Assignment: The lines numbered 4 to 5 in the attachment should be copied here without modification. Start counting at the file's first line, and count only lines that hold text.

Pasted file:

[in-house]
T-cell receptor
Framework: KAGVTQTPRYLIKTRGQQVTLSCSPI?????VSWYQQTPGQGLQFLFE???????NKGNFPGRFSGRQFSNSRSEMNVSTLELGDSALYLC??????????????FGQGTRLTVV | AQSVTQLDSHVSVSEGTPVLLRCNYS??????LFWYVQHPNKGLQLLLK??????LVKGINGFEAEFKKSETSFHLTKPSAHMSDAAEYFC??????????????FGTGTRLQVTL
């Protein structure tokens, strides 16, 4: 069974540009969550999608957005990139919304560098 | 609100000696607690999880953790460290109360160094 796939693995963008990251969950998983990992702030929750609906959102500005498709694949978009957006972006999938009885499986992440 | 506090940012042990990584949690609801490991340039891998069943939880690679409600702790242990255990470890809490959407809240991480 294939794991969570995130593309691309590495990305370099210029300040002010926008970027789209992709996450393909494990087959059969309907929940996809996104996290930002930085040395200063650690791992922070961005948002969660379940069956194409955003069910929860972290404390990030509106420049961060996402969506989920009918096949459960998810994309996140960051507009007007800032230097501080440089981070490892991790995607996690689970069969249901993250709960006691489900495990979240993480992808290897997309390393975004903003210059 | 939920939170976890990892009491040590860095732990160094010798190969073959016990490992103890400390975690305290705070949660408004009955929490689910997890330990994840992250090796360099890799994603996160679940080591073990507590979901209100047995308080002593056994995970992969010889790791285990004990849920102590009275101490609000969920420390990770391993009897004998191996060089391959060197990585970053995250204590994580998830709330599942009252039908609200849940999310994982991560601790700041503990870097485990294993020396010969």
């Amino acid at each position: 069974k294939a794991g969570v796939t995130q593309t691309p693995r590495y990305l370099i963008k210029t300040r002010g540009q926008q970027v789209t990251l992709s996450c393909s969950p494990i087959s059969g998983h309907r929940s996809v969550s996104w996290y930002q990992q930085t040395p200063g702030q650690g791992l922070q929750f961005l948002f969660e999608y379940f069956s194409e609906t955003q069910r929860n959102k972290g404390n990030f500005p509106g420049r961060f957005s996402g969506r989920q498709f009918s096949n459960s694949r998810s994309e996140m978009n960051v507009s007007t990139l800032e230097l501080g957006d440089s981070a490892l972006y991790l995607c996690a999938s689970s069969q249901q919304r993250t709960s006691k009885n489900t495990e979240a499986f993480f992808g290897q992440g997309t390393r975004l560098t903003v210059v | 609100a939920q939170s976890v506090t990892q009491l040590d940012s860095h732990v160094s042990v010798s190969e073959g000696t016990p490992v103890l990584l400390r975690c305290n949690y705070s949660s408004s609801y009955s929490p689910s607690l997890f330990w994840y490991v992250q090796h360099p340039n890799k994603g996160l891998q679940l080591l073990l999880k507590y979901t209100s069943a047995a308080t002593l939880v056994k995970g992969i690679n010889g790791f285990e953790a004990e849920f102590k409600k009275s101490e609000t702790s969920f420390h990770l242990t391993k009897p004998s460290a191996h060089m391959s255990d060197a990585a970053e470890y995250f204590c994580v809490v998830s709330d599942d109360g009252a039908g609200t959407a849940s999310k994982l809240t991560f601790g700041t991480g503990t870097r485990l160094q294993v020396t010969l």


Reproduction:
């Protein structure tokens, strides 16, 4: 069974540009969550999608957005990139919304560098 | 609100000696607690999880953790460290109360160094 796939693995963008990251969950998983990992702030929750609906959102500005498709694949978009957006972006999938009885499986992440 | 506090940012042990990584949690609801490991340039891998069943939880690679409600702790242990255990470890809490959407809240991480 294939794991969570995130593309691309590495990305370099210029300040002010926008970027789209992709996450393909494990087959059969309907929940996809996104996290930002930085040395200063650690791992922070961005948002969660379940069956194409955003069910929860972290404390990030509106420049961060996402969506989920009918096949459960998810994309996140960051507009007007800032230097501080440089981070490892991790995607996690689970069969249901993250709960006691489900495990979240993480992808290897997309390393975004903003210059 | 939920939170976890990892009491040590860095732990160094010798190969073959016990490992103890400390975690305290705070949660408004009955929490689910997890330990994840992250090796360099890799994603996160679940080591073990507590979901209100047995308080002593056994995970992969010889790791285990004990849920102590009275101490609000969920420390990770391993009897004998191996060089391959060197990585970053995250204590994580998830709330599942009252039908609200849940999310994982991560601790700041503990870097485990294993020396010969």
């Amino acid at each position: 069974k294939a794991g969570v796939t995130q593309t691309p693995r590495y990305l370099i963008k210029t300040r002010g540009q926008q970027v789209t990251l992709s996450c393909s969950p494990i087959s059969g998983h309907r929940s996809v969550s996104w996290y930002q990992q930085t040395p200063g702030q650690g791992l922070q929750f961005l948002f969660e999608y379940f069956s194409e609906t955003q069910r929860n959102k972290g404390n990030f500005p509106g420049r961060f957005s996402g969506r989920q498709f009918s096949n459960s694949r998810s994309e996140m978009n960051v507009s007007t990139l800032e230097l501080g957006d440089s981070a490892l972006y991790l995607c996690a999938s689970s069969q249901q919304r993250t709960s006691k009885n489900t495990e979240a499986f993480f992808g290897q992440g997309t390393r975004l560098t903003v210059v | 609100a939920q939170s976890v506090t990892q009491l040590d940012s860095h732990v160094s042990v010798s190969e073959g000696t016990p490992v103890l990584l400390r975690c305290n949690y705070s949660s408004s609801y009955s929490p689910s607690l997890f330990w994840y490991v992250q090796h360099p340039n890799k994603g996160l891998q679940l080591l073990l999880k507590y979901t209100s069943a047995a308080t002593l939880v056994k995970g992969i690679n010889g790791f285990e953790a004990e849920f102590k409600k009275s101490e609000t702790s969920f420390h990770l242990t391993k009897p004998s460290a191996h060089m391959s255990d060197a990585a970053e470890y995250f204590c994580v809490v998830s709330d599942d109360g009252a039908g609200t959407a849940s999310k994982l809240t991560f601790g700041t991480g503990t870097r485990l160094q294993v020396t010969l």